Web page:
As you would expect, these lectures contain vivid portraits of the men whose names are familiar to anyone with even a passing curiosity about this great conflict:
- Lee himself, whose striking appearance undoubtedly helped contribute to the almost mystical aura with which many authors have endowed him but whose experiences serving under the famous Winfield Scott in the war with Mexico taught him invaluable practical lessons about modern warfare.
- Lee’s skill at managing military resources and his awareness that audacity and ruthless aggressiveness can contribute to victory against a more powerful opponent threatened to disrupt the Union war effort more than once.
- "Stonewall" Jackson, whose dogged purpose and initiative helped forge, with Lee, a military partnership second only to that of Ulysses S. Grant and William Tecumseh Sherman.
- "Jeb" Stuart, the great cavalryman whose flamboyant battle dress, complete with scarlet-lined cape, yellow sash, and an ostrich plume in his hat, belied his superb skills at reconnaissance and screening, the crucial responsibilities of Civil War cavalry
- James Longstreet, whom Lee warmly greeted as "my old war-horse" and who served as Lee’s senior subordinate throughout Lee’s tenure at the head of the Army of Northern Virginia.
And you’ll meet others as well, from the profane and acerbic Jubal A. Early, a West Pointer who had chosen law over the military before joining the Confederate forces, to a fascinating group of younger officers.
You also learn how Lee’s officers were often distinguished by extraordinary aggressiveness and courage on the battlefield, often at great personal cost.
A Human-Sized Look At the War
Among them was a young general named Stephen Dodson Ramseur, who was mortally wounded at the Battle of Cedar Creek.
The retreating medical wagon carrying him from the battlefield was captured by Union forces. And Professor Gallagher paints a deeply moving scene of several Union officers who had been cadets with Ramseur at West Point—including George Armstrong Custer—coming to sit with him through the night until he died.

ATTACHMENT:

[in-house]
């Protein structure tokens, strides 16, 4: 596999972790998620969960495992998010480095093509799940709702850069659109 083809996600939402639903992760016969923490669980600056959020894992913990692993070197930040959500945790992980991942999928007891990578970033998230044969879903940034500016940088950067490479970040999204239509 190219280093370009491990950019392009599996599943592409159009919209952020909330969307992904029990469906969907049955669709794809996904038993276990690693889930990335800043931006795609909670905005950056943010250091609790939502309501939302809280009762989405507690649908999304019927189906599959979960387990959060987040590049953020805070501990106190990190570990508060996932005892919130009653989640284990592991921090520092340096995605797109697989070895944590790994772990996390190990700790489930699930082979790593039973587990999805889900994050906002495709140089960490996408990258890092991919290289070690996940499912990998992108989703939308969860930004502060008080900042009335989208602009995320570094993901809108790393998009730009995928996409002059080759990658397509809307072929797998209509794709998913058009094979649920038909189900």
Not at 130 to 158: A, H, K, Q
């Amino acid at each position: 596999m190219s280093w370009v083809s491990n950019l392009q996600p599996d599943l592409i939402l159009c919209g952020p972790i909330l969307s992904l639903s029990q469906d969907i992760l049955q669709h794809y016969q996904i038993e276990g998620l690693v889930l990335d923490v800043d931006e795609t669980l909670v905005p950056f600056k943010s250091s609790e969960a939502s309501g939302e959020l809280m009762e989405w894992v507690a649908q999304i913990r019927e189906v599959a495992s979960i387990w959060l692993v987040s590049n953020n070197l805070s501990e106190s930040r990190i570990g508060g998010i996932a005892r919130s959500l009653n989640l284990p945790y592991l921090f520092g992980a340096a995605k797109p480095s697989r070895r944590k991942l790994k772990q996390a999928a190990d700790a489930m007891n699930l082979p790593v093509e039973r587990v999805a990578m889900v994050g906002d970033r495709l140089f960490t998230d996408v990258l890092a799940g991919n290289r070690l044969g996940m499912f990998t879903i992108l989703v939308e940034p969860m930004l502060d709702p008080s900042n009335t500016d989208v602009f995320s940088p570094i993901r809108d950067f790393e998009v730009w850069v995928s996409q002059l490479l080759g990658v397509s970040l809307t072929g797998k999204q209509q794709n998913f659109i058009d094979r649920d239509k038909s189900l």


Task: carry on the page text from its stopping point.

This West Point connection was not an isolated incident.
With a wealth of officers who had been trained at West Point—Lee himself had been superintendent—along with those who had come from prestigious academies such as the Virginia Military Institute and The Citadel, the Confederacy had a distinct advantage in the depth of its officer corps.
This was especially evident during the first two years of the war, when many young Union officers were still gaining experience in military basics.
The Confederacy’s Extraordinary Problem of Attrition
Ramseur’s death also illuminates the extraordinary problem of attrition faced by Lee.
You learn that in this last war in which generals actually commanded from the front, attrition among the Confederacy’s generals sometimes exceeded 25 to 30 percent in a single campaign.
The struggle to replace them forms a leitmotif throughout the history of Lee’s army.
Examine the Idea of the "Lost Cause"
Professor Gallagher concludes the course with a highly critical look at the body of post-war writings embodying the viewpoint that came to be known as the "Lost Cause."
This viewpoint, much of it orchestrated by Jubal Early, shunted aside the issue of slavery and used States’ rights and other arguments to defend the Confederacy’s actions. It emphasized Lee’s greatness and the Union’s massive advantage in men and other resources.
You learn that although most modern historians have long abandoned it, the "Lost Cause" continues to be evident in popular conceptions of the war.